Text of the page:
Mirapex (Pramipexole) is a medication indicated for Parkinson’s disease (PD). Developed by Boehringer Ingelheim, Mirapex was approved by the US Food and Drug Administration (FDA) in June 1997 and by the European Union (EU) in March 1998.

In 2006, Mirapex was approved by the FDA and the EU for the treatment of restless legs syndrome (RLS), a neurological disorder. In 2010, the FDA approved a once-daily formulation of Mirapex for the treatment of both early and advanced PD. It was previously approved by the EU for the same indication in October 2009.

Parkinson’s disease (PD)

PD is a chronic neurological disorder and is estimated to prevail in about 2% of population over the age of 65. PD is estimated to be the second biggest neurological illness in older patients, after Alzheimer’s disease. The disease can affect any person over the age of 40 with a risk of the disease increasing for people over the age of 80.

The disease occurs when there is a progressive loss of neurons or brain cells in the substantia nigra (a part of the brain). Substantia nigra produces the chemical dopamine, a type of molecule, which serves as a neurotransmitter. When the neurons die, the amount of dopamine transported to the striatum (an area of the brain which controls movement) decreases, resulting in problems with mobility.

“Parkinson’s disease is a chronic neurological disorder.”

PD is characterised by motor and non-motor symptoms, which worsen over time. Motor symptoms include tremors, muscle cramps, slowed motion or bradykinesia and poor balance. Non-motor symptoms include depression, anxiety, cognitive impairment and sleep disorders. These symptoms, however, can vary from one patient to another. There is no cure available for treating PD, although medications to treat the symptoms of the disease are accessible.

Mirapex –  non-ergot D3 dopamine agonist

The main active ingredient in Mirapex is pramipexole dihydrochloride, which is a synthetic amino-benzothiazole derivative. Pramipexole is a DA receptor agonist, and has increased affinity and selectivity towards DA D2 receptors. The drug particularly has a high affinity for D3 receptor subtype.

In clinical trials, pramipexole bound to DA D2-class receptors in the brain. The highest affinity of the drug was towards the D3 binding sites. The drug did not have any affinity towards DA D1 subfamily and other types of neurotransmitters.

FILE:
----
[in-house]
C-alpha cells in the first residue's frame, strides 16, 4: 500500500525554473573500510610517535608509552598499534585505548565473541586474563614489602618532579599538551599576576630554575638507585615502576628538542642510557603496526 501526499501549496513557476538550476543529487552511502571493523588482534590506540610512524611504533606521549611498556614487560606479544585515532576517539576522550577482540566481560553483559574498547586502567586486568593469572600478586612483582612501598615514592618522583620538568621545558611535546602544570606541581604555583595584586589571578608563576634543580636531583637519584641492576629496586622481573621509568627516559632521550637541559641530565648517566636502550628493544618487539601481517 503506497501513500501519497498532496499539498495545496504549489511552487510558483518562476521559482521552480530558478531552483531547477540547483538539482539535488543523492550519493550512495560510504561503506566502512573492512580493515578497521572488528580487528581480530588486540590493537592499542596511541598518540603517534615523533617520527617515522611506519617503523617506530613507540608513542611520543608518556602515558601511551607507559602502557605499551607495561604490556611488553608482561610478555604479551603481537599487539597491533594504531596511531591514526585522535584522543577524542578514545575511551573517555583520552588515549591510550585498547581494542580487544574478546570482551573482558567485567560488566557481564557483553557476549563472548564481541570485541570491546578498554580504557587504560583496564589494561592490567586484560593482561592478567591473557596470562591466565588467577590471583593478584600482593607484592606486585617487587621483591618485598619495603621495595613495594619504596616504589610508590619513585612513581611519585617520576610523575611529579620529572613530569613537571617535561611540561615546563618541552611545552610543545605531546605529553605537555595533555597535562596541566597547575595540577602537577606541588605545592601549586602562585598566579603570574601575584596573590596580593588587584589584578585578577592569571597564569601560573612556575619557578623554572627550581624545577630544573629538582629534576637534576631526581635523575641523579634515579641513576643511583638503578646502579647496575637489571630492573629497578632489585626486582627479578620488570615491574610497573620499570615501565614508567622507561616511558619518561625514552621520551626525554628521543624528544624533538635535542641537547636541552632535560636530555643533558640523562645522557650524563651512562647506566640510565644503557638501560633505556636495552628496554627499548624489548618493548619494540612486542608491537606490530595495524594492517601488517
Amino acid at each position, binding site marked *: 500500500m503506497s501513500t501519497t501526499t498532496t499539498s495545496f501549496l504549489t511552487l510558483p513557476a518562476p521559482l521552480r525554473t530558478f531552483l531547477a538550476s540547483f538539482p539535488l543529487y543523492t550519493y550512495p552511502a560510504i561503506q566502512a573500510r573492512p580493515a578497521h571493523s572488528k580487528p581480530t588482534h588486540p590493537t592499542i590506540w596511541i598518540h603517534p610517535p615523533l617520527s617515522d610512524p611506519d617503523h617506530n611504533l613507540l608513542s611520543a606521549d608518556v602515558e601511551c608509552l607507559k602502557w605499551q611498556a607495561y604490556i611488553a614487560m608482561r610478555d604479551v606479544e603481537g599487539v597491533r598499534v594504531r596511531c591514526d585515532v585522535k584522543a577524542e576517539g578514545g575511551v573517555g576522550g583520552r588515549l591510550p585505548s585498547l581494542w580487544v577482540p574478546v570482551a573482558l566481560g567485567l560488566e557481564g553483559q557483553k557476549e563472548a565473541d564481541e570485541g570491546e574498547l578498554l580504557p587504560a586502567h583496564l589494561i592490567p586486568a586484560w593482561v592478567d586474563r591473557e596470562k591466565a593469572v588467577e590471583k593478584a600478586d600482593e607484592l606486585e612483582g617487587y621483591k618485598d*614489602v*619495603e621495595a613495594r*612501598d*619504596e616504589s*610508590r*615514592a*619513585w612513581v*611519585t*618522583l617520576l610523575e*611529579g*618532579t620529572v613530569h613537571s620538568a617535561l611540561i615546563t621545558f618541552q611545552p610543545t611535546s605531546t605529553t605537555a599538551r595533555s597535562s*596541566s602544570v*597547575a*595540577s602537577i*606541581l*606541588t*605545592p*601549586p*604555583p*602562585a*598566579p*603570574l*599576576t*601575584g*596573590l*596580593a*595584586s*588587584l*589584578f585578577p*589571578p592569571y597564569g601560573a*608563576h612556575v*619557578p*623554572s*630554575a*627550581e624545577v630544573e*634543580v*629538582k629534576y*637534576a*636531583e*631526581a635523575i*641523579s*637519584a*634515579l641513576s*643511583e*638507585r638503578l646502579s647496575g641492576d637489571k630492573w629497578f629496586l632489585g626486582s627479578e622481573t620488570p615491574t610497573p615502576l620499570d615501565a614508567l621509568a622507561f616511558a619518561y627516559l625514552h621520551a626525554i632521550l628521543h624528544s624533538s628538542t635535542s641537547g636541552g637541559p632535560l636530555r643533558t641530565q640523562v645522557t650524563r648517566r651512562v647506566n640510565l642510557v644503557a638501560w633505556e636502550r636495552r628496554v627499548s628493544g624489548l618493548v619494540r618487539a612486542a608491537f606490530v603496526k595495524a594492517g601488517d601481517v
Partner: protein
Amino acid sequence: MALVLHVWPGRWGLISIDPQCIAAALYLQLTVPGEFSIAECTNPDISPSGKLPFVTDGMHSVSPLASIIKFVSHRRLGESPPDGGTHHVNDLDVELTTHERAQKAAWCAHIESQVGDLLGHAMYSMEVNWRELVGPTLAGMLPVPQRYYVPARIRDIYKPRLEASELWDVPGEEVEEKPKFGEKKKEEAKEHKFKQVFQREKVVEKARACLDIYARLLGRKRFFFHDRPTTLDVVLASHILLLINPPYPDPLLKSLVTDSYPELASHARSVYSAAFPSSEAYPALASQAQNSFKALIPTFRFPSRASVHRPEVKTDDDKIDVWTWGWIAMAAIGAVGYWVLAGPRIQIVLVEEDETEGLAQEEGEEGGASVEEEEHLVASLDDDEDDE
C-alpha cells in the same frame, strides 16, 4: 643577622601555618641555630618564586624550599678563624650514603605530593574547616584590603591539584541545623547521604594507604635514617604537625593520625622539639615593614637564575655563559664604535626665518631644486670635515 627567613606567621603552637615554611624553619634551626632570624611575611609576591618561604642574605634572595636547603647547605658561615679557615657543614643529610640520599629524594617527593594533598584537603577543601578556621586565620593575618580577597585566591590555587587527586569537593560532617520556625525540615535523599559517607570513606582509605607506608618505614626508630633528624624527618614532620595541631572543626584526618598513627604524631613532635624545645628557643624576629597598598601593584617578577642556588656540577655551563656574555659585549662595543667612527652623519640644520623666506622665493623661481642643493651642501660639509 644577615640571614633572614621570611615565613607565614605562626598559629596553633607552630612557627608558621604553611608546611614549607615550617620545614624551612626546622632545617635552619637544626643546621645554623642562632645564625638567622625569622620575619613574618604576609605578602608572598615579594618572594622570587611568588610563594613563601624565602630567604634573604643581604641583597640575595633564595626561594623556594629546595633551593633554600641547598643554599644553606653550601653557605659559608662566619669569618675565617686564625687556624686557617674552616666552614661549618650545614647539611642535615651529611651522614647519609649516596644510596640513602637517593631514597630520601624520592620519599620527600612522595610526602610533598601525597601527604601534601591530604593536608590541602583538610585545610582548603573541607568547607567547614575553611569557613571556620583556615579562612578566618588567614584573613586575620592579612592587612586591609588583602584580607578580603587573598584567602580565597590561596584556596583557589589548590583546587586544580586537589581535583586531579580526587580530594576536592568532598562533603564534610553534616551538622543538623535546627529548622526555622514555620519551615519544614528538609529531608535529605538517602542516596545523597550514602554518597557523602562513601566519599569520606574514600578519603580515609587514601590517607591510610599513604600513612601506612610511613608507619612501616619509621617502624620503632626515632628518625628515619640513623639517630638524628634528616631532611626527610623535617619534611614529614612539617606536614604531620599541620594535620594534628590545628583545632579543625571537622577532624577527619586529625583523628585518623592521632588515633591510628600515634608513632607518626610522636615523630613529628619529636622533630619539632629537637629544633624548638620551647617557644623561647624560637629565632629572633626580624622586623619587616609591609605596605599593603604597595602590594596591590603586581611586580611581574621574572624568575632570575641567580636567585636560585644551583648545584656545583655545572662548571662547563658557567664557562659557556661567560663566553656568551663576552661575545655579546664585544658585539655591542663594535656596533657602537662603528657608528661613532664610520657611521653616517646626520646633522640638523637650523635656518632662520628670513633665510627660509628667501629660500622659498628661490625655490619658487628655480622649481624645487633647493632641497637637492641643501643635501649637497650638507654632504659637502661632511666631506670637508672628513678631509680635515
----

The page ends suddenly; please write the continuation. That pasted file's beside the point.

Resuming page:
Mirapex clinical trials

The clinical development of Mirapex involved studies for the treatment of both early and advanced PD. A total of ten phase II/III trials were conducted as part of the development programme. FDA approval of the drug was based on three pivotal phase III studies, which included one study for advanced PD and two for early PD.

“The clinical development of Mirapex involved studies for the treatment of both early and advanced PD.”

The phase III trial for advanced PD, M/2730/0010, involved 360 patients and was conducted in the US and Canada. The study showed that Mirapex was effective in treating the mobility symptoms of PD when compared with the placebo. Another study, comparing pramipexole and bromocriptine with the placebo, was also conducted for treating advanced PD.

The first phase III trial for early PD, M/2730/0001, was conducted in the US and involved 335 patients. The second study, M/2730/0004, included 264 patients and was conducted in the US and Canada. In both the studies, Mirapex demonstrated significantly superior therapeutic efficacy.

The approval of Mirapex for the treatment of RLS was based on four placebo-controlled studies involving 1,000 patients. In the studies, when compared to placebo, Mirapex provided better relief from RLS symptoms to patients.

Mirapex’s approval for the treatment of both early and advanced PD was based on a randomised, placebo-controlled, three parallel group clinical trial. The study included 517 patients suffering from advanced PD. Mirapex showed superior efficacy compared with the placebo in the trial.

Marketing commentary

“By 2018, the market for PD treating drugs is expected to be worth more than $2.8bn.”

By 2018, the market for PD treating drugs is expected to be worth more than $2.8bn across those in the US, France, Germany, Italy, Spain, the UK and Japan. Mirapex’s new approval as a once-daily dose is expected to significantly boost its sales in the market.

In the US, however, generic competition and other established drugs are expected to affect the sales of the drug. Mirapex is, therefore, expected to generate only $400m in sales in the US.

Mirapex stands a better chance at generating profits by launching the drug in Europe where generic versions of the drug are not expected to be launched before 2011. This provides Boehringer enough time to establish the drug’s daily dose formulation in the market.

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